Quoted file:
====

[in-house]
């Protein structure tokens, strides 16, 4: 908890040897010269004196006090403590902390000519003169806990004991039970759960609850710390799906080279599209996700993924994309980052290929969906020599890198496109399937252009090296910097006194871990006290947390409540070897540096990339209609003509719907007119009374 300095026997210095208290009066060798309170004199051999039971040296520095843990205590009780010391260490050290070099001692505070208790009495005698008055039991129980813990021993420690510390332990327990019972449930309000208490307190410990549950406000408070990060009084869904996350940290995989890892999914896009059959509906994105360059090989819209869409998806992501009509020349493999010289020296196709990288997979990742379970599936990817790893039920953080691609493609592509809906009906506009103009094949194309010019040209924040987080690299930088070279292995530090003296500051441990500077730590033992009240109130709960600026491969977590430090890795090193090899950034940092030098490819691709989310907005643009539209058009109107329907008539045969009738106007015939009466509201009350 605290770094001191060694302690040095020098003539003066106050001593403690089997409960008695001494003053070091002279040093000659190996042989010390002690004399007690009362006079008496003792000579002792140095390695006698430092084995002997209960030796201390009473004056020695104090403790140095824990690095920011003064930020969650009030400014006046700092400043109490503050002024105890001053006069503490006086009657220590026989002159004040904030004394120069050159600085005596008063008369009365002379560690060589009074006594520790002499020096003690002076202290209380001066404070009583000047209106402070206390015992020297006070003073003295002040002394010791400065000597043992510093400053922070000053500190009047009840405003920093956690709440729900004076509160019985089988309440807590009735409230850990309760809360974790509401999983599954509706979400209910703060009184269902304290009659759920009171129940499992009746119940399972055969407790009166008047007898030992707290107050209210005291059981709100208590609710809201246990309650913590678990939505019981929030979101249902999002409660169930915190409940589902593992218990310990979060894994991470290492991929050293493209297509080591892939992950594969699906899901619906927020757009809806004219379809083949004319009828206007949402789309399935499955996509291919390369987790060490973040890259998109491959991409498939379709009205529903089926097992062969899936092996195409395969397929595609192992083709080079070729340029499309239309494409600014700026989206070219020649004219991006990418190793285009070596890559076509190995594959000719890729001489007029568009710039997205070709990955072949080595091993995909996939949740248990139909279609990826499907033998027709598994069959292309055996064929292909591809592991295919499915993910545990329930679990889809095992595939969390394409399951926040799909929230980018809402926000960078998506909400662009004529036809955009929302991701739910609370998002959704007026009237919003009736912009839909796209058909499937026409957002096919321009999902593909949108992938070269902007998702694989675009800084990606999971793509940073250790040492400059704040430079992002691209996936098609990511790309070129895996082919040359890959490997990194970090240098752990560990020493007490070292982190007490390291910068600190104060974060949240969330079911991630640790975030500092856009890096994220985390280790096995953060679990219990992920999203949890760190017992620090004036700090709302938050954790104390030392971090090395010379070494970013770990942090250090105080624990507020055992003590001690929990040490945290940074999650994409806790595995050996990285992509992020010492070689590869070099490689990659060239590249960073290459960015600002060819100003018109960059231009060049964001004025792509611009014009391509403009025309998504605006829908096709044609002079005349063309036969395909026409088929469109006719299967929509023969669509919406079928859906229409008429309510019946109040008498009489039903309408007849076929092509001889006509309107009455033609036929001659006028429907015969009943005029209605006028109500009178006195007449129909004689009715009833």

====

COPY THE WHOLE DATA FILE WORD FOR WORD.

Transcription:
[in-house]
């Protein structure tokens, strides 16, 4: 908890040897010269004196006090403590902390000519003169806990004991039970759960609850710390799906080279599209996700993924994309980052290929969906020599890198496109399937252009090296910097006194871990006290947390409540070897540096990339209609003509719907007119009374 300095026997210095208290009066060798309170004199051999039971040296520095843990205590009780010391260490050290070099001692505070208790009495005698008055039991129980813990021993420690510390332990327990019972449930309000208490307190410990549950406000408070990060009084869904996350940290995989890892999914896009059959509906994105360059090989819209869409998806992501009509020349493999010289020296196709990288997979990742379970599936990817790893039920953080691609493609592509809906009906506009103009094949194309010019040209924040987080690299930088070279292995530090003296500051441990500077730590033992009240109130709960600026491969977590430090890795090193090899950034940092030098490819691709989310907005643009539209058009109107329907008539045969009738106007015939009466509201009350 605290770094001191060694302690040095020098003539003066106050001593403690089997409960008695001494003053070091002279040093000659190996042989010390002690004399007690009362006079008496003792000579002792140095390695006698430092084995002997209960030796201390009473004056020695104090403790140095824990690095920011003064930020969650009030400014006046700092400043109490503050002024105890001053006069503490006086009657220590026989002159004040904030004394120069050159600085005596008063008369009365002379560690060589009074006594520790002499020096003690002076202290209380001066404070009583000047209106402070206390015992020297006070003073003295002040002394010791400065000597043992510093400053922070000053500190009047009840405003920093956690709440729900004076509160019985089988309440807590009735409230850990309760809360974790509401999983599954509706979400209910703060009184269902304290009659759920009171129940499992009746119940399972055969407790009166008047007898030992707290107050209210005291059981709100208590609710809201246990309650913590678990939505019981929030979101249902999002409660169930915190409940589902593992218990310990979060894994991470290492991929050293493209297509080591892939992950594969699906899901619906927020757009809806004219379809083949004319009828206007949402789309399935499955996509291919390369987790060490973040890259998109491959991409498939379709009205529903089926097992062969899936092996195409395969397929595609192992083709080079070729340029499309239309494409600014700026989206070219020649004219991006990418190793285009070596890559076509190995594959000719890729001489007029568009710039997205070709990955072949080595091993995909996939949740248990139909279609990826499907033998027709598994069959292309055996064929292909591809592991295919499915993910545990329930679990889809095992595939969390394409399951926040799909929230980018809402926000960078998506909400662009004529036809955009929302991701739910609370998002959704007026009237919003009736912009839909796209058909499937026409957002096919321009999902593909949108992938070269902007998702694989675009800084990606999971793509940073250790040492400059704040430079992002691209996936098609990511790309070129895996082919040359890959490997990194970090240098752990560990020493007490070292982190007490390291910068600190104060974060949240969330079911991630640790975030500092856009890096994220985390280790096995953060679990219990992920999203949890760190017992620090004036700090709302938050954790104390030392971090090395010379070494970013770990942090250090105080624990507020055992003590001690929990040490945290940074999650994409806790595995050996990285992509992020010492070689590869070099490689990659060239590249960073290459960015600002060819100003018109960059231009060049964001004025792509611009014009391509403009025309998504605006829908096709044609002079005349063309036969395909026409088929469109006719299967929509023969669509919406079928859906229409008429309510019946109040008498009489039903309408007849076929092509001889006509309107009455033609036929001659006028429907015969009943005029209605006028109500009178006195007449129909004689009715009833």